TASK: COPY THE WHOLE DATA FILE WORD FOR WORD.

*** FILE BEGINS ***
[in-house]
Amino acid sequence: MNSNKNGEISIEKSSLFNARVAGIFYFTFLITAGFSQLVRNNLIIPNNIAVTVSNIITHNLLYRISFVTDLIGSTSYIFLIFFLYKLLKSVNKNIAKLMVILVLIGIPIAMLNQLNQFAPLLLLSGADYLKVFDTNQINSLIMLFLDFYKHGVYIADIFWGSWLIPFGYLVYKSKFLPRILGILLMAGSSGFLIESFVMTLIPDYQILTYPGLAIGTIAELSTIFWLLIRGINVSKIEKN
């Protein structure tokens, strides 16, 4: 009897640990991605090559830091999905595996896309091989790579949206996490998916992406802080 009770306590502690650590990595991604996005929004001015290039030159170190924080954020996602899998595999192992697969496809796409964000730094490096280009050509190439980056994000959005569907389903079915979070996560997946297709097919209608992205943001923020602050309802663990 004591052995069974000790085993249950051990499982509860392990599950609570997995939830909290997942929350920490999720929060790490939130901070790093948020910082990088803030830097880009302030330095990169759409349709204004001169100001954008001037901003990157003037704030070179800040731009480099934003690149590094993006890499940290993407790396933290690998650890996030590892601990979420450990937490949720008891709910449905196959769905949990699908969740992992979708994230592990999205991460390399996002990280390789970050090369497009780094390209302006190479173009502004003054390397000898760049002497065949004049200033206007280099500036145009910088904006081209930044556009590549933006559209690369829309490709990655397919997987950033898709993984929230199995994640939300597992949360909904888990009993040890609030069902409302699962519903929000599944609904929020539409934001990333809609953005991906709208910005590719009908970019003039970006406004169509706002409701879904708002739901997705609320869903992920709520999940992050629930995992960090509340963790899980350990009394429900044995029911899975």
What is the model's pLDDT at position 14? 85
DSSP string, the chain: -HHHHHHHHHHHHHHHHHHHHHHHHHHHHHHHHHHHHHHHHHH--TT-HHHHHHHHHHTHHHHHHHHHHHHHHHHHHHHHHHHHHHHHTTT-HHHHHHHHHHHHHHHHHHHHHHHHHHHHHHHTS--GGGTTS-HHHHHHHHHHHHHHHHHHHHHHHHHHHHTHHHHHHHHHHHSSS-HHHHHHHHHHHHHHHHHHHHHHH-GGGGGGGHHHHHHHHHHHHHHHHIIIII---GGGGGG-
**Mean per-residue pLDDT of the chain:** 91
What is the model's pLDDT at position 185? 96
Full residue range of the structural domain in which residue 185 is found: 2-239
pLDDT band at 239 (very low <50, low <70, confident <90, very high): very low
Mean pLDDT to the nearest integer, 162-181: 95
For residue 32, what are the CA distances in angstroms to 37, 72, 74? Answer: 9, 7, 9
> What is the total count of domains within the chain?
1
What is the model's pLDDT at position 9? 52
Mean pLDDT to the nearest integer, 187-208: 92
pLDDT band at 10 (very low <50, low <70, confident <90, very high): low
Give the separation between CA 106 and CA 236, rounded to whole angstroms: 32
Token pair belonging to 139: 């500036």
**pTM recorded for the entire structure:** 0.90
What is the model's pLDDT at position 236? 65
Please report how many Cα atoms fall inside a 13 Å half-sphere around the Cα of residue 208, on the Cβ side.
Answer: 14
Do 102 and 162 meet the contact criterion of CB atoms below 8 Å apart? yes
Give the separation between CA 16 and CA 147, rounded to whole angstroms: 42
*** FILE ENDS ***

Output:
[in-house]
Amino acid sequence: MNSNKNGEISIEKSSLFNARVAGIFYFTFLITAGFSQLVRNNLIIPNNIAVTVSNIITHNLLYRISFVTDLIGSTSYIFLIFFLYKLLKSVNKNIAKLMVILVLIGIPIAMLNQLNQFAPLLLLSGADYLKVFDTNQINSLIMLFLDFYKHGVYIADIFWGSWLIPFGYLVYKSKFLPRILGILLMAGSSGFLIESFVMTLIPDYQILTYPGLAIGTIAELSTIFWLLIRGINVSKIEKN
């Protein structure tokens, strides 16, 4: 009897640990991605090559830091999905595996896309091989790579949206996490998916992406802080 009770306590502690650590990595991604996005929004001015290039030159170190924080954020996602899998595999192992697969496809796409964000730094490096280009050509190439980056994000959005569907389903079915979070996560997946297709097919209608992205943001923020602050309802663990 004591052995069974000790085993249950051990499982509860392990599950609570997995939830909290997942929350920490999720929060790490939130901070790093948020910082990088803030830097880009302030330095990169759409349709204004001169100001954008001037901003990157003037704030070179800040731009480099934003690149590094993006890499940290993407790396933290690998650890996030590892601990979420450990937490949720008891709910449905196959769905949990699908969740992992979708994230592990999205991460390399996002990280390789970050090369497009780094390209302006190479173009502004003054390397000898760049002497065949004049200033206007280099500036145009910088904006081209930044556009590549933006559209690369829309490709990655397919997987950033898709993984929230199995994640939300597992949360909904888990009993040890609030069902409302699962519903929000599944609904929020539409934001990333809609953005991906709208910005590719009908970019003039970006406004169509706002409701879904708002739901997705609320869903992920709520999940992050629930995992960090509340963790899980350990009394429900044995029911899975």
What is the model's pLDDT at position 14? 85
DSSP string, the chain: -HHHHHHHHHHHHHHHHHHHHHHHHHHHHHHHHHHHHHHHHHH--TT-HHHHHHHHHHTHHHHHHHHHHHHHHHHHHHHHHHHHHHHHTTT-HHHHHHHHHHHHHHHHHHHHHHHHHHHHHHHTS--GGGTTS-HHHHHHHHHHHHHHHHHHHHHHHHHHHHTHHHHHHHHHHHSSS-HHHHHHHHHHHHHHHHHHHHHHH-GGGGGGGHHHHHHHHHHHHHHHHIIIII---GGGGGG-
**Mean per-residue pLDDT of the chain:** 91
What is the model's pLDDT at position 185? 96
Full residue range of the structural domain in which residue 185 is found: 2-239
pLDDT band at 239 (very low <50, low <70, confident <90, very high): very low
Mean pLDDT to the nearest integer, 162-181: 95
For residue 32, what are the CA distances in angstroms to 37, 72, 74? Answer: 9, 7, 9
> What is the total count of domains within the chain?
1
What is the model's pLDDT at position 9? 52
Mean pLDDT to the nearest integer, 187-208: 92
pLDDT band at 10 (very low <50, low <70, confident <90, very high): low
Give the separation between CA 106 and CA 236, rounded to whole angstroms: 32
Token pair belonging to 139: 């500036």
**pTM recorded for the entire structure:** 0.90
What is the model's pLDDT at position 236? 65
Please report how many Cα atoms fall inside a 13 Å half-sphere around the Cα of residue 208, on the Cβ side.
Answer: 14
Do 102 and 162 meet the contact criterion of CB atoms below 8 Å apart? yes
Give the separation between CA 16 and CA 147, rounded to whole angstroms: 42